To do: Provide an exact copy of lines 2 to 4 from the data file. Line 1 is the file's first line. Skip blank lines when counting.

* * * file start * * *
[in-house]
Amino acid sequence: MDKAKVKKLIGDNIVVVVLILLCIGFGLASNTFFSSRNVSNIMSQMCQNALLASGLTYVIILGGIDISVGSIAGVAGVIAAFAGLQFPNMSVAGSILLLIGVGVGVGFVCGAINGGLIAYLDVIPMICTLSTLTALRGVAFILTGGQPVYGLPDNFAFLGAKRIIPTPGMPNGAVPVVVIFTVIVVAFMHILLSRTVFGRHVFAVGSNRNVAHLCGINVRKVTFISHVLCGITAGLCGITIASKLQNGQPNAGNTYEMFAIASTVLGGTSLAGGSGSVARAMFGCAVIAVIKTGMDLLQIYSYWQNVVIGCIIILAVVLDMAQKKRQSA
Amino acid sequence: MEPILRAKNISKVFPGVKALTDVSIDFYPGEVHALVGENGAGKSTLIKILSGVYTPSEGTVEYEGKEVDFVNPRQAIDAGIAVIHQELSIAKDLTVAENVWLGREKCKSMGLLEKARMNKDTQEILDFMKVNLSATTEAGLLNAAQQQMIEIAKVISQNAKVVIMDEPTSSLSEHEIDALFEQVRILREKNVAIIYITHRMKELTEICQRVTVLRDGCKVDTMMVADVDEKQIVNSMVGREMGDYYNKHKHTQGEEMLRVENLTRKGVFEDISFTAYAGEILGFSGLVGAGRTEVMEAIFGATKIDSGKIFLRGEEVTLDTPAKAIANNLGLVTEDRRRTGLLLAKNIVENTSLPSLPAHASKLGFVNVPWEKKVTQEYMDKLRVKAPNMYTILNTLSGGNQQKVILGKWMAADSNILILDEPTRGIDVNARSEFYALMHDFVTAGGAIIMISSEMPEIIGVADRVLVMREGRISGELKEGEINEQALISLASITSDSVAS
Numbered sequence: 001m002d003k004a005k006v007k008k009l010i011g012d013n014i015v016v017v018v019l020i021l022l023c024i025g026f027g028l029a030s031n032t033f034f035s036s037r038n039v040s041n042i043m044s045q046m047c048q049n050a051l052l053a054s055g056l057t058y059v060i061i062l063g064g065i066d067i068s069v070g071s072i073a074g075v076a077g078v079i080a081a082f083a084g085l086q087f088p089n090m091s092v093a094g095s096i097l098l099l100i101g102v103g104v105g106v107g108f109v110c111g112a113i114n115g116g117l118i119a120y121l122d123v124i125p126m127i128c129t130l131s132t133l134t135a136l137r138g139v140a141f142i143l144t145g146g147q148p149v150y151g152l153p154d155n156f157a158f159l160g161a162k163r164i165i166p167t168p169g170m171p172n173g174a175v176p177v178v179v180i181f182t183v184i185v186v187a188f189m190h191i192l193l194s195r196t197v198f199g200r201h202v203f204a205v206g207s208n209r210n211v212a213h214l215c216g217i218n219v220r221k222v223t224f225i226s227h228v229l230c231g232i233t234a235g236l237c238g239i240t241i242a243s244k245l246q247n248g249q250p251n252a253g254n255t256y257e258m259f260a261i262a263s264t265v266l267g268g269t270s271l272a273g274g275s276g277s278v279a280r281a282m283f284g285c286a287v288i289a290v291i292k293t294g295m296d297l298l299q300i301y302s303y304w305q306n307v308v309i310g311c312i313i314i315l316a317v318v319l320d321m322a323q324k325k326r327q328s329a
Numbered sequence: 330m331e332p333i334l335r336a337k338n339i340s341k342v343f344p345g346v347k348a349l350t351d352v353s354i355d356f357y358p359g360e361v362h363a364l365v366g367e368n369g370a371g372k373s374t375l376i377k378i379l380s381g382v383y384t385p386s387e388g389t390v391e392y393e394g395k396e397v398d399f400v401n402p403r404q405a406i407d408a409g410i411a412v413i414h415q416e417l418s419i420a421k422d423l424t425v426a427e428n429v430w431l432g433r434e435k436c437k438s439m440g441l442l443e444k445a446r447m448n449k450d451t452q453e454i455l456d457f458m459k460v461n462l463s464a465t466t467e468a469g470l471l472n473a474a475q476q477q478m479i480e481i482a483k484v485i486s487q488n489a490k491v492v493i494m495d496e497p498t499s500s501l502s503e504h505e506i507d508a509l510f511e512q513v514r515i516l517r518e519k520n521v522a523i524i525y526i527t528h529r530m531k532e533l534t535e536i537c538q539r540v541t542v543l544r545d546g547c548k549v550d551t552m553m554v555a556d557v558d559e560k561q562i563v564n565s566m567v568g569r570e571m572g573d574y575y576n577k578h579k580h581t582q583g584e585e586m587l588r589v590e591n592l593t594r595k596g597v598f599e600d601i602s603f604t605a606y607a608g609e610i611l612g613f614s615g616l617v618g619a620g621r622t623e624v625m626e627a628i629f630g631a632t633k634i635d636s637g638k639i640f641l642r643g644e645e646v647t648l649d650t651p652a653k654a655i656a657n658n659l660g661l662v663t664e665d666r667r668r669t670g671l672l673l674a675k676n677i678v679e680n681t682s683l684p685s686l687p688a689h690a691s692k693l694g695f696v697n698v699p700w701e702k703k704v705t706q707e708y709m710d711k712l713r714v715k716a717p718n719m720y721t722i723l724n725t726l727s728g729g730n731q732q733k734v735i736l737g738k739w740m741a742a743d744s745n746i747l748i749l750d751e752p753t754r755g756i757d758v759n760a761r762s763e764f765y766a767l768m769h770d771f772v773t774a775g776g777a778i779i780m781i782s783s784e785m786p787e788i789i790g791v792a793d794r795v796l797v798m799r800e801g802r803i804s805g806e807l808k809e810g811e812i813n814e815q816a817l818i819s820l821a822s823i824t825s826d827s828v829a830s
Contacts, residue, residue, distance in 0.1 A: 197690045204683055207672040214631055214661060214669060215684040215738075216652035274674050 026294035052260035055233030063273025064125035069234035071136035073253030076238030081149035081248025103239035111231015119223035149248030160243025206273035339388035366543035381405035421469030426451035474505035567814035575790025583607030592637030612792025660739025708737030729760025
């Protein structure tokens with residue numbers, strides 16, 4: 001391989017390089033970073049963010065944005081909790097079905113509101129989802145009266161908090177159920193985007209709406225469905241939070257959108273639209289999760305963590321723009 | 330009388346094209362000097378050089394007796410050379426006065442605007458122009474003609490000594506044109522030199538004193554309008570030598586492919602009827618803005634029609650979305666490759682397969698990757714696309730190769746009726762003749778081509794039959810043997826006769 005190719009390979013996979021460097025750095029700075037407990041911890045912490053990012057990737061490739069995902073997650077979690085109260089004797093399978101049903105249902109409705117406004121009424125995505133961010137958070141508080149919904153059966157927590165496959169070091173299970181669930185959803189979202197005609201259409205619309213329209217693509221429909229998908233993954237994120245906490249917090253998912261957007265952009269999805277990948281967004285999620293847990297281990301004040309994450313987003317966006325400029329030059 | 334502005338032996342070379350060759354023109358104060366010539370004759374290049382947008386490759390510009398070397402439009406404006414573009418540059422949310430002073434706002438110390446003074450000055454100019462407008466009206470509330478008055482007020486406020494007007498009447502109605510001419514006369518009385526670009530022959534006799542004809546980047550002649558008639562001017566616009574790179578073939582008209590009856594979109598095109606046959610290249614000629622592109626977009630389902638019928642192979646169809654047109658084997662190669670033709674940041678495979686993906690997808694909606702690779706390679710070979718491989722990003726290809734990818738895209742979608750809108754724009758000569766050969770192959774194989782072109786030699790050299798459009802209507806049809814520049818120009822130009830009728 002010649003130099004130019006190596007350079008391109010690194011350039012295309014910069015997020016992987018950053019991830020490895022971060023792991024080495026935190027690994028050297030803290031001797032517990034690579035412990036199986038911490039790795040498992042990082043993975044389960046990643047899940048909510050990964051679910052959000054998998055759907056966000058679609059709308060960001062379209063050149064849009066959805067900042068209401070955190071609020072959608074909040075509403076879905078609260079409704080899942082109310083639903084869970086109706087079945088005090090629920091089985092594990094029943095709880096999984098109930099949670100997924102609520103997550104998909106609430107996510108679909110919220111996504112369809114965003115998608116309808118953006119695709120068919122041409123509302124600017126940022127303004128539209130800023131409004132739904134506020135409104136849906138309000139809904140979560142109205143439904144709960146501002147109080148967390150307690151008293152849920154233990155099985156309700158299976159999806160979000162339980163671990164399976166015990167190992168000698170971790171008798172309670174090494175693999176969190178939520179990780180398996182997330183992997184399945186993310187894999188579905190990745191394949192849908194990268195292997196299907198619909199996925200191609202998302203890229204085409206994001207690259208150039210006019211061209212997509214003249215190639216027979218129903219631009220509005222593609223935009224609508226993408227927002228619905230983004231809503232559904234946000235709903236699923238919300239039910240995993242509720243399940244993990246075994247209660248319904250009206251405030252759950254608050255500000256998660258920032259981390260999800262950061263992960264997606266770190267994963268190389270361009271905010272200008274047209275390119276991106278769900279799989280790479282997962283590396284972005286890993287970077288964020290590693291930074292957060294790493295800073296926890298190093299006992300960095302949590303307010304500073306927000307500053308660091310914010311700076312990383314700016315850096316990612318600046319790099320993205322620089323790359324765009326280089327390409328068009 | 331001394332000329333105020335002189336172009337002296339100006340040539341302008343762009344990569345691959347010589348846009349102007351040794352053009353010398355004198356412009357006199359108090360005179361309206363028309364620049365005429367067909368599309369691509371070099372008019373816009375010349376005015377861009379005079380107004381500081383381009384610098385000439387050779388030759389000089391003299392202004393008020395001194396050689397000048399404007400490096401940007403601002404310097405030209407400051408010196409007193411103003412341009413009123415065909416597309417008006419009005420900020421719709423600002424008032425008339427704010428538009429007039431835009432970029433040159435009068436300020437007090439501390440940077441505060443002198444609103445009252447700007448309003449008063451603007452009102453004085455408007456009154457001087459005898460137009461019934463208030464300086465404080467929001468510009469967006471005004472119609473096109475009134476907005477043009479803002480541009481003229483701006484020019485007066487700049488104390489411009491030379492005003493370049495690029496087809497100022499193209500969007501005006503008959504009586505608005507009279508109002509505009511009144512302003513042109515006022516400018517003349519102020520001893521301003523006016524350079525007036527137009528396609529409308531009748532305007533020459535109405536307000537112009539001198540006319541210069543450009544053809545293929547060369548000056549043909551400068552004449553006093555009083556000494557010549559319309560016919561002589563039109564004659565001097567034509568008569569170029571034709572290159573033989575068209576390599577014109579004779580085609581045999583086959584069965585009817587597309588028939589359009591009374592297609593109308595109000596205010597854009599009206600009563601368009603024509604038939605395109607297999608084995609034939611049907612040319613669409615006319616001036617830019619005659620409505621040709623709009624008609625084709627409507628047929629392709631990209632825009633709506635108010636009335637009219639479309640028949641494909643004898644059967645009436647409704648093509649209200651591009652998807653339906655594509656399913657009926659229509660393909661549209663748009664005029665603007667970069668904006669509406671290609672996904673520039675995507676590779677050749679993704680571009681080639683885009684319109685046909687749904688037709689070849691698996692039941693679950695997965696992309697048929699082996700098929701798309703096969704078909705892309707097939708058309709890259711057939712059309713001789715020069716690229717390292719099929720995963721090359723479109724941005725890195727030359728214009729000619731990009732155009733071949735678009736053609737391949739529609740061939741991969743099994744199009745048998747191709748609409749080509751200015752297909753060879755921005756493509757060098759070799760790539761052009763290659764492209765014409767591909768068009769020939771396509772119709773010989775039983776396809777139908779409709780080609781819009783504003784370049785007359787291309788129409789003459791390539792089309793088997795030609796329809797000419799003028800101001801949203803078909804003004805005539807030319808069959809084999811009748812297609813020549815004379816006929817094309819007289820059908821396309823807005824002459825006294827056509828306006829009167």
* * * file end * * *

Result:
Amino acid sequence: MDKAKVKKLIGDNIVVVVLILLCIGFGLASNTFFSSRNVSNIMSQMCQNALLASGLTYVIILGGIDISVGSIAGVAGVIAAFAGLQFPNMSVAGSILLLIGVGVGVGFVCGAINGGLIAYLDVIPMICTLSTLTALRGVAFILTGGQPVYGLPDNFAFLGAKRIIPTPGMPNGAVPVVVIFTVIVVAFMHILLSRTVFGRHVFAVGSNRNVAHLCGINVRKVTFISHVLCGITAGLCGITIASKLQNGQPNAGNTYEMFAIASTVLGGTSLAGGSGSVARAMFGCAVIAVIKTGMDLLQIYSYWQNVVIGCIIILAVVLDMAQKKRQSA
Amino acid sequence: MEPILRAKNISKVFPGVKALTDVSIDFYPGEVHALVGENGAGKSTLIKILSGVYTPSEGTVEYEGKEVDFVNPRQAIDAGIAVIHQELSIAKDLTVAENVWLGREKCKSMGLLEKARMNKDTQEILDFMKVNLSATTEAGLLNAAQQQMIEIAKVISQNAKVVIMDEPTSSLSEHEIDALFEQVRILREKNVAIIYITHRMKELTEICQRVTVLRDGCKVDTMMVADVDEKQIVNSMVGREMGDYYNKHKHTQGEEMLRVENLTRKGVFEDISFTAYAGEILGFSGLVGAGRTEVMEAIFGATKIDSGKIFLRGEEVTLDTPAKAIANNLGLVTEDRRRTGLLLAKNIVENTSLPSLPAHASKLGFVNVPWEKKVTQEYMDKLRVKAPNMYTILNTLSGGNQQKVILGKWMAADSNILILDEPTRGIDVNARSEFYALMHDFVTAGGAIIMISSEMPEIIGVADRVLVMREGRISGELKEGEINEQALISLASITSDSVAS
Numbered sequence: 001m002d003k004a005k006v007k008k009l010i011g012d013n014i015v016v017v018v019l020i021l022l023c024i025g026f027g028l029a030s031n032t033f034f035s036s037r038n039v040s041n042i043m044s045q046m047c048q049n050a051l052l053a054s055g056l057t058y059v060i061i062l063g064g065i066d067i068s069v070g071s072i073a074g075v076a077g078v079i080a081a082f083a084g085l086q087f088p089n090m091s092v093a094g095s096i097l098l099l100i101g102v103g104v105g106v107g108f109v110c111g112a113i114n115g116g117l118i119a120y121l122d123v124i125p126m127i128c129t130l131s132t133l134t135a136l137r138g139v140a141f142i143l144t145g146g147q148p149v150y151g152l153p154d155n156f157a158f159l160g161a162k163r164i165i166p167t168p169g170m171p172n173g174a175v176p177v178v179v180i181f182t183v184i185v186v187a188f189m190h191i192l193l194s195r196t197v198f199g200r201h202v203f204a205v206g207s208n209r210n211v212a213h214l215c216g217i218n219v220r221k222v223t224f225i226s227h228v229l230c231g232i233t234a235g236l237c238g239i240t241i242a243s244k245l246q247n248g249q250p251n252a253g254n255t256y257e258m259f260a261i262a263s264t265v266l267g268g269t270s271l272a273g274g275s276g277s278v279a280r281a282m283f284g285c286a287v288i289a290v291i292k293t294g295m296d297l298l299q300i301y302s303y304w305q306n307v308v309i310g311c312i313i314i315l316a317v318v319l320d321m322a323q324k325k326r327q328s329a